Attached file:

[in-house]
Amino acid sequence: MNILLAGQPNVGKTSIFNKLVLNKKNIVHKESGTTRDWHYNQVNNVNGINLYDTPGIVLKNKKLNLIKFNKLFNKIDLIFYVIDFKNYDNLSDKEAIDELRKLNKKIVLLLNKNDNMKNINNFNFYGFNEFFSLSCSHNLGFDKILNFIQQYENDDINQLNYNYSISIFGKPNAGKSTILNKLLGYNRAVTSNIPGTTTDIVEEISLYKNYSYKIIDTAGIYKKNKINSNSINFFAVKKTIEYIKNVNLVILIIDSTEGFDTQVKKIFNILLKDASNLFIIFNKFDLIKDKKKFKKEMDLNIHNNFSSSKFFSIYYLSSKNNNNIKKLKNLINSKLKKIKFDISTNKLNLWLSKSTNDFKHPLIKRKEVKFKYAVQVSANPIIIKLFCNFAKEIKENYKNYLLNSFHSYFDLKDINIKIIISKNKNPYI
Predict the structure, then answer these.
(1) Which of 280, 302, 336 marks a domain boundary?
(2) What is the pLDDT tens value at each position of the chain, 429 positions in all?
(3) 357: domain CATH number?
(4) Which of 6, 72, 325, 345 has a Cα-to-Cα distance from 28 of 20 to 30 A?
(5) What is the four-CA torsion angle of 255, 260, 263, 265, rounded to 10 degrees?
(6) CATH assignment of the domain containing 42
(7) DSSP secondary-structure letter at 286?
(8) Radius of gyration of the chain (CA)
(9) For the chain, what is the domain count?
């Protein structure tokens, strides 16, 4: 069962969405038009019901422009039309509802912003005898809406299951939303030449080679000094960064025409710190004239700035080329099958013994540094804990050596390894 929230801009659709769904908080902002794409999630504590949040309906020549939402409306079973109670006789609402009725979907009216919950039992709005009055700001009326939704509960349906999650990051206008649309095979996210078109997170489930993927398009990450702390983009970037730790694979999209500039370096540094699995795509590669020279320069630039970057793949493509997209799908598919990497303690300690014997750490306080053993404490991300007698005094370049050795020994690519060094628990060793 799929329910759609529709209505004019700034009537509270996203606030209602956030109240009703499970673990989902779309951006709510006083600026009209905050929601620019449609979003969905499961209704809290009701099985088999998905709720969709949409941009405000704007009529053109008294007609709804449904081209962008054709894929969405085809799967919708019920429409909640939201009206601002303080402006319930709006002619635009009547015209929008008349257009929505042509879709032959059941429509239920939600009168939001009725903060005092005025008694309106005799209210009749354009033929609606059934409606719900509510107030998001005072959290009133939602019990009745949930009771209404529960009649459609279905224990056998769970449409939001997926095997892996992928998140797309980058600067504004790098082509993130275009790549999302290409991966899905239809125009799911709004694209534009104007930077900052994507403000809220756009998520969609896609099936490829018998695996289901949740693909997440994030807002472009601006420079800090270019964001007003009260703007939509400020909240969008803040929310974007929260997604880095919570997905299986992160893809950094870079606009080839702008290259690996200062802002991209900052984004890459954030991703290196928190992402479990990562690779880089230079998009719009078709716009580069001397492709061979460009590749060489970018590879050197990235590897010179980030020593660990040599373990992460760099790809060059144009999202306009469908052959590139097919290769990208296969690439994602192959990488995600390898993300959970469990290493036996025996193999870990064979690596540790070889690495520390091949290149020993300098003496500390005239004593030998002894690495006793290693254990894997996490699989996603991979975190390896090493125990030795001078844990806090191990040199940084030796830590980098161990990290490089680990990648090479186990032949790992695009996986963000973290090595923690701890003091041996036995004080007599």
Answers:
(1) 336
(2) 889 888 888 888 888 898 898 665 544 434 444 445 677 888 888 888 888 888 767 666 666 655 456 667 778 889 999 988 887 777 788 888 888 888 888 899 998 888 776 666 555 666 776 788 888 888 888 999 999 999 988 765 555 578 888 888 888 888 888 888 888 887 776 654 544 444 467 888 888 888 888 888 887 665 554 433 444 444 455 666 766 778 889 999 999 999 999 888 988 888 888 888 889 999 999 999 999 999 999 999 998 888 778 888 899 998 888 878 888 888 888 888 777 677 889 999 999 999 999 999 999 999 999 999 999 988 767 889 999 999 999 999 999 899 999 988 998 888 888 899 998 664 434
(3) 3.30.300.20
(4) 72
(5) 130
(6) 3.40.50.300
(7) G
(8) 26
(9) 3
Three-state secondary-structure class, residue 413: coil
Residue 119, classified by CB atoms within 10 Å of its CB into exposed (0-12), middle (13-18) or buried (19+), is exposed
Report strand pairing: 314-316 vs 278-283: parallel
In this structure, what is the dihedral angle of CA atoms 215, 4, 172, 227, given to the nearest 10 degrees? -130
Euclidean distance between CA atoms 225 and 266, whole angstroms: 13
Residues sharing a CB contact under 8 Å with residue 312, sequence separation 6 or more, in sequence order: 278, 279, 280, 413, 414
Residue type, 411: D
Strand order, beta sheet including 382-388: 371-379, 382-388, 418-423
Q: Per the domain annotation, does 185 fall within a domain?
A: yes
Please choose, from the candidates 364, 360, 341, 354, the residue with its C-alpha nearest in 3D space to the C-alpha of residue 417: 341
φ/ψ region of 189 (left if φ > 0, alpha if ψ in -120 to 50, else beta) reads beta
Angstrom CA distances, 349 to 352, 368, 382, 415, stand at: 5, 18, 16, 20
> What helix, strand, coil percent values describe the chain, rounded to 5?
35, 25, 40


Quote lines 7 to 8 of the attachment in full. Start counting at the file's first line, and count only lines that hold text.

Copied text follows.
(4) Which of 6, 72, 325, 345 has a Cα-to-Cα distance from 28 of 20 to 30 A?
(5) What is the four-CA torsion angle of 255, 260, 263, 265, rounded to 10 degrees?